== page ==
We did exactly the same thing. My wife got tired of looking at all of the gear and wires so when we had our house built, we ran everything to the den. Only the tv and the main speakers are showing. We even moved our fireplace out of the family room and had them frame in a hole to fit the big screen tv. Here is a picture of my Home Theater. The hole we had the tv built for is for a 65" tv, but the funds did not permit a 65", so we have a 57". He is a picture of the den with all of the equipment, Entertainment Center.

    What we did for our wiring is we ran a video, L&R rca cable to the master bedroom. I hooked up an inexpensive receiver in the bedroom to power the speakers in the master bathroom and bedroom. So I can watch whatever is being watched downstairs or listen to a CD from my megachanger from downstairs. I also put in an infared eye in the bedroom to the den so that I can change CD's or the DVD player.

    For the patio outside and the formal living room I am using another inexpensive receiver. I did not need to do that, but it was actually cheaper to do it that way at the time. HTD did not have their speaker selector out at that time and everyone else seemed to want an arm and a leg for a speaker selector that could run more than one set of speakers at a time.

    When you run one set of 8 Ohm speakers off of a receiver the load on your receiver is only 8 ohms. When you add another set of speakers it cuts it to 4 ohms. Some receivers can handle that, just not too loud. When you add a 3rd set, then it is 2 ohms, and will trip the protection circuit on it. A speaker selector prevents that from happining.

    Another friend of mine just finished building his house. He has eight pair of speakers running in his house and used the HTD switcher to run them. He also has HTD speakers throughout. The ceiling speakers. They really sound good. Home Theater Direct has a some good information about setting up a whole house system. Makes a good read, check it out. Here is an article about matching impeadance..

    Jeff Aguilar
     
  10. Matt_Whitehorn

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    Ok, Jeff, here's a crazy idea maybe you can shed some light on for me. I told you there is this closet where I've decided to put all components and make it a "command center". So the more and more I think about it, I don't think I need a bunch of components. I think all I need is a computer. If I rip all my CDs to MP3 on this computer, there's the music. This closet is where the network panel and network switch will be so there's the internet radio. With a DVD drive, there's your video. I could still hook up a VCR if ever desired I guess. But going with that same idea of having surround sound, is that computer idea even possible? I'm guessing that I'd still need a receiver to power the speakers and that the computer would be plugged into the receiver as an AUX input. But could I get something that would allow me to use the TV as the computer monitor? Is that too crazy of an idea? Do you see any drawbacks to doing that? I think I'll post this same idea in another forum since this is the speaker section, I just wanted your input.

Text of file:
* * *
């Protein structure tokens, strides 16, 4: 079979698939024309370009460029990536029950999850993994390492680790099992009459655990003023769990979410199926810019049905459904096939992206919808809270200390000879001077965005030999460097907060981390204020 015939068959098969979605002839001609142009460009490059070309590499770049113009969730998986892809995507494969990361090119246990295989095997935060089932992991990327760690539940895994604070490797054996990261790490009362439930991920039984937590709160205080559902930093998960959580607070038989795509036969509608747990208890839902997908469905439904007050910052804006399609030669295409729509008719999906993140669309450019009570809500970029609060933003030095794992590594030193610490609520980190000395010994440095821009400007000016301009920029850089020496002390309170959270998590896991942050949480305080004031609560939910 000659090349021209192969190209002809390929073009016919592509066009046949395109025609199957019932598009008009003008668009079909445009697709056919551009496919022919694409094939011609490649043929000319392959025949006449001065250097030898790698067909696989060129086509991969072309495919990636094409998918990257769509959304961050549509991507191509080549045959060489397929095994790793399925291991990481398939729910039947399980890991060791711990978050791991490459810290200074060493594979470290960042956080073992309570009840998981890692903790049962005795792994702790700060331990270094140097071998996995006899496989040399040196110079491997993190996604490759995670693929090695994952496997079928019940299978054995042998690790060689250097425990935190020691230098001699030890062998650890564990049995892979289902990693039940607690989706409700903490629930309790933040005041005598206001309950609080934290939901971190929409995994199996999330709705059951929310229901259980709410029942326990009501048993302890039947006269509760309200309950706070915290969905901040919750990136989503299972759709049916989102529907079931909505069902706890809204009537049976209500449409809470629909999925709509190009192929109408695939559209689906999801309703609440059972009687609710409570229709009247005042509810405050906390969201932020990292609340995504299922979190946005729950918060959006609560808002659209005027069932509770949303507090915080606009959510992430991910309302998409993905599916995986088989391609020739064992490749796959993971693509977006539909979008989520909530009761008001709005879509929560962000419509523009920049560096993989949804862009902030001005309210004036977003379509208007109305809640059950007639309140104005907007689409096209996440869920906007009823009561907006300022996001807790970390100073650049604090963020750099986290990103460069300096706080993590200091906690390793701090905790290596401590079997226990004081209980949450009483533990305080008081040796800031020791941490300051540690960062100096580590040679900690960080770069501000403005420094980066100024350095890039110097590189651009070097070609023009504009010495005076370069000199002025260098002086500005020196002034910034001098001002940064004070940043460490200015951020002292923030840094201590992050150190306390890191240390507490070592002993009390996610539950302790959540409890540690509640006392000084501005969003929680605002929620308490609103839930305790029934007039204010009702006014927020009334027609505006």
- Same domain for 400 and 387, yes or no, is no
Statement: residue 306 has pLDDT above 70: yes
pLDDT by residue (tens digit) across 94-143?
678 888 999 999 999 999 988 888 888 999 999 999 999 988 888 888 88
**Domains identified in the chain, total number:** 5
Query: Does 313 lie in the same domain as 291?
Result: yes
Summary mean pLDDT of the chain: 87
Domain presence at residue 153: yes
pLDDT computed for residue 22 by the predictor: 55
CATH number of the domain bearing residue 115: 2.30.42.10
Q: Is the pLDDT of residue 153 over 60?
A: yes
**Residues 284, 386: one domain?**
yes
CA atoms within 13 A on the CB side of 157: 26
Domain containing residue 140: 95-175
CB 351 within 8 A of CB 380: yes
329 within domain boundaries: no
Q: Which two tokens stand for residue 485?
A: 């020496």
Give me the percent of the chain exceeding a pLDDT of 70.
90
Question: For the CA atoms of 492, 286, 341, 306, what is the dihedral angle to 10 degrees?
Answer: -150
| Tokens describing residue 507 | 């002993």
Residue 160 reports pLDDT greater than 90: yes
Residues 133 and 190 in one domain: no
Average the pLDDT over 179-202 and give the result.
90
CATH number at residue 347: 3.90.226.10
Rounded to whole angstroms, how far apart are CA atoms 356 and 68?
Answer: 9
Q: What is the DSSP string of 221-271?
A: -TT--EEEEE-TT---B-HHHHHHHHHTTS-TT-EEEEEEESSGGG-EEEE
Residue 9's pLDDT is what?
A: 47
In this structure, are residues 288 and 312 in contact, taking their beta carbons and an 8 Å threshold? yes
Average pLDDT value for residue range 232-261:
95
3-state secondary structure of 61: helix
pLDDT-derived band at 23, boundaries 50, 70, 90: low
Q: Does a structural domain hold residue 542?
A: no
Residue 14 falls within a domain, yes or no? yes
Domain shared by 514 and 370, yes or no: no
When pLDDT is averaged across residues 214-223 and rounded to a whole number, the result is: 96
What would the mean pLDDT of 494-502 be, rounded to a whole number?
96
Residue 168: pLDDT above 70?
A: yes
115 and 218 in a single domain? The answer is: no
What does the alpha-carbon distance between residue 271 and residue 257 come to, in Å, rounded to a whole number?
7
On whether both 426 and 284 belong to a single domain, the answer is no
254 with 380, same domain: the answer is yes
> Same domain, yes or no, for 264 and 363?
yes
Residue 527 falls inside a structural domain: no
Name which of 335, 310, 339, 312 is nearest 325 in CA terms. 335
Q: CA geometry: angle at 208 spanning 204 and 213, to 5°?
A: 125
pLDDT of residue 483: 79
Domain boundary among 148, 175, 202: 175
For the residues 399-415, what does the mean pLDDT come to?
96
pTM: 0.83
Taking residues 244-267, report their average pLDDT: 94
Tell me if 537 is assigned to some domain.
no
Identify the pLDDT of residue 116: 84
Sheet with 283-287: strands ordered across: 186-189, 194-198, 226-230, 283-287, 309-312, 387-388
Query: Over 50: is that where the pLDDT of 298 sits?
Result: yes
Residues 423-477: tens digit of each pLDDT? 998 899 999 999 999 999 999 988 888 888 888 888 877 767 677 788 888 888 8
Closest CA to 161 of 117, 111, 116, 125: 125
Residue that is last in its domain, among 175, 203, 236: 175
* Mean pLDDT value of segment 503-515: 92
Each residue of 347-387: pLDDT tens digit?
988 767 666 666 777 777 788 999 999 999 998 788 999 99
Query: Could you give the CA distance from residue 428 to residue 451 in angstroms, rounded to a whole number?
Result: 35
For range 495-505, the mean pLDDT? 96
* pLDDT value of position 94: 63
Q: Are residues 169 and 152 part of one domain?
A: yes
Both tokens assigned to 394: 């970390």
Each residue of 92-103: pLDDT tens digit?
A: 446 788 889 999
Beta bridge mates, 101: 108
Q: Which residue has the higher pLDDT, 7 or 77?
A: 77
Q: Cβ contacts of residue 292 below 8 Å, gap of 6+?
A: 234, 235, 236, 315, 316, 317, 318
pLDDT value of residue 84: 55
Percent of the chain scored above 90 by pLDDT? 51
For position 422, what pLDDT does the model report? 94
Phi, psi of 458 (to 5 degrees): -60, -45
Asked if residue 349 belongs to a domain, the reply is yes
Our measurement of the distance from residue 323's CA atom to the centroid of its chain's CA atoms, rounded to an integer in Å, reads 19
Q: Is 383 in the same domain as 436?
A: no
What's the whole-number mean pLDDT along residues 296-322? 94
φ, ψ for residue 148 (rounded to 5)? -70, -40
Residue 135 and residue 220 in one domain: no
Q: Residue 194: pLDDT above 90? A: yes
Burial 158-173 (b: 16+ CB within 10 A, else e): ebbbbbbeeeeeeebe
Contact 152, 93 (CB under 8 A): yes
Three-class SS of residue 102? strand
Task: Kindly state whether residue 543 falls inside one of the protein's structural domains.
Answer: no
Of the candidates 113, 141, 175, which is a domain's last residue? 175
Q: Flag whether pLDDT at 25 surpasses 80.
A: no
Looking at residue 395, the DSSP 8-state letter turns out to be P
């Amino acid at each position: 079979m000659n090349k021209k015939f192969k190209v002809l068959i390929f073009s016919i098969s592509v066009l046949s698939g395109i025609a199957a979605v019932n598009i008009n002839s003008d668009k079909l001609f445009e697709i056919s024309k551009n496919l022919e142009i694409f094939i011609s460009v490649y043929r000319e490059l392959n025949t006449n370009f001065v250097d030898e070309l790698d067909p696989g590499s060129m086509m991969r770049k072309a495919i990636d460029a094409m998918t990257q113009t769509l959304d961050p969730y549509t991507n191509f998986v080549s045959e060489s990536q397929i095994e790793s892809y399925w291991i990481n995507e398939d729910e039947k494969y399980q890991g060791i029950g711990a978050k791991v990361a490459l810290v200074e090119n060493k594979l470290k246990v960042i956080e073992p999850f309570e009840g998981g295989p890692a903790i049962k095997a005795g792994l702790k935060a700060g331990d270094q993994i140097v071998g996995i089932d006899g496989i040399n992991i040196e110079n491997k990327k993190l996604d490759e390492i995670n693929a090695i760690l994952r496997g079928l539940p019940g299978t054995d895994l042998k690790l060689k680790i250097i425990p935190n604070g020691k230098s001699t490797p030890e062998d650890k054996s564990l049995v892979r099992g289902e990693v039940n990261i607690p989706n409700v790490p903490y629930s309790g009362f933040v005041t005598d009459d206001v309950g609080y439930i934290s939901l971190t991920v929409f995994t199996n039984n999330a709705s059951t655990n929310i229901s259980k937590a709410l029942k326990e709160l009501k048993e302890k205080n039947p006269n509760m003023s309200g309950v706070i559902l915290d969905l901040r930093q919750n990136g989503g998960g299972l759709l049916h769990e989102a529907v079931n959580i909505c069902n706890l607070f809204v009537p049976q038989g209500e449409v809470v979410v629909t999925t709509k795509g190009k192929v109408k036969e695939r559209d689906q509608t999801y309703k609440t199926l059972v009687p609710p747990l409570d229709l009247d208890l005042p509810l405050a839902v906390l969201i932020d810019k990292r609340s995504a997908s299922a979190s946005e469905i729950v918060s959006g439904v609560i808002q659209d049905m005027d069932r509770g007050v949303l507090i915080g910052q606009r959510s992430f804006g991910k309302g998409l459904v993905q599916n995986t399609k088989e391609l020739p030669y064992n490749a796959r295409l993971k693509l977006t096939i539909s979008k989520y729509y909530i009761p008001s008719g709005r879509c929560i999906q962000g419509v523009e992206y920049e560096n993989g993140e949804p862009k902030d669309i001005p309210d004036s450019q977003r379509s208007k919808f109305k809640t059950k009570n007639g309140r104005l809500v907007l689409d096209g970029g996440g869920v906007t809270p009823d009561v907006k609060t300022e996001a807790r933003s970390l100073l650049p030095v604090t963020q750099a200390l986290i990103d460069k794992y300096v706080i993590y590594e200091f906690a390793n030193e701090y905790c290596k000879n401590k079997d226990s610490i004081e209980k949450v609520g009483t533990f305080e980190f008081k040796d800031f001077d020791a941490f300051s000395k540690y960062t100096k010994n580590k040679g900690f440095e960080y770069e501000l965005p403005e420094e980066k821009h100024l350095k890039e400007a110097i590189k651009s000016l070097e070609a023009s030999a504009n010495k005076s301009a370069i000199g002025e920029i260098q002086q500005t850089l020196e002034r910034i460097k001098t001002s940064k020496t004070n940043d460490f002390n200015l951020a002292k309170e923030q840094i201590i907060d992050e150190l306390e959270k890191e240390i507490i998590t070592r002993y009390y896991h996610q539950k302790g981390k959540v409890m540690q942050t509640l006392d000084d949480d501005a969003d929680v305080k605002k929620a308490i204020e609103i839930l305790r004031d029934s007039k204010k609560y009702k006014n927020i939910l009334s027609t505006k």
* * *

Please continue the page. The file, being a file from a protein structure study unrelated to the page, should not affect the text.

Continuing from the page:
11. Jeff Aguilar

    Jeff Aguilar Stunt Coordinator

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    In my personal opinion, a computer would end up being to unstable. Would you really want to sit in your command center and download all the new music as it comes out? Wouldn't it just be easier to get a mega changer to do your cd/dvds? You are really only talking about a couple of pieces of equipment. You could get a 400 cd/dvd changer by Sony and then a receiver to power everything. Less chances of freezing up and it would probably not break down for years. Another thing to think about is the heat issue. If you are using a closet, the heat in there would be incredible. It would shorten the life of the computer or componets. You might want to put in some sort of ventelation in the closet. Even having my equipment in a seperate room, that room is 10 to 15 degrees warmer than my family room because of the heat generated from my equipment. That room is 10X12, a closet would get much hotter, much quicker.

    One of my friends who has the HTD speakers throughout his home built a little cubby for all of his equipment, he did end up venting it to the garage to help with the heat. It works very well for his application.

    I guess you would need three pieces of equipment, the receiver, dvd/cd player and the switcher from HTD. You could power your entire house that way with either the radio or the cd player.

    What do you think?

    Jeff
     
  12. Matt_Whitehorn

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    I understand what you're saying, but I like to keep my CDs in my car. Something as small as bringing them in at night just frustrates me. And at the same time, I don't really have a need to have all my DVDs in a changer. The only time I watch a movie is when friends come over anyway, I don't mind going into the closet and popping the night's movie in. I've heard of people ripping the DVDs to their harddrive too. That would take a massive harddrive, but can be done.

    Your heat idea is a concern. I didn't think about that. Would there not be a heat issue with multiple components as well? That heat issue is a good thought being that I'm talking about a closet, that'll make me think a bit, hmmmmm.

    If I do an HTPC, I'd also still need a reciever. I know that would end up being more expensive (the computer idea) but it's just so much cooler to me. It would be my house server, control the light schedule, music, DVDs. I'd hook up the monitor output to my TV and have a wireless keyboard and mouse....Wouldn't that be sweet? I'm going from novice to annoying moron aren't I? LOL.

    Well, I'll have to think about that. Those are good points about price and heat. Thanks.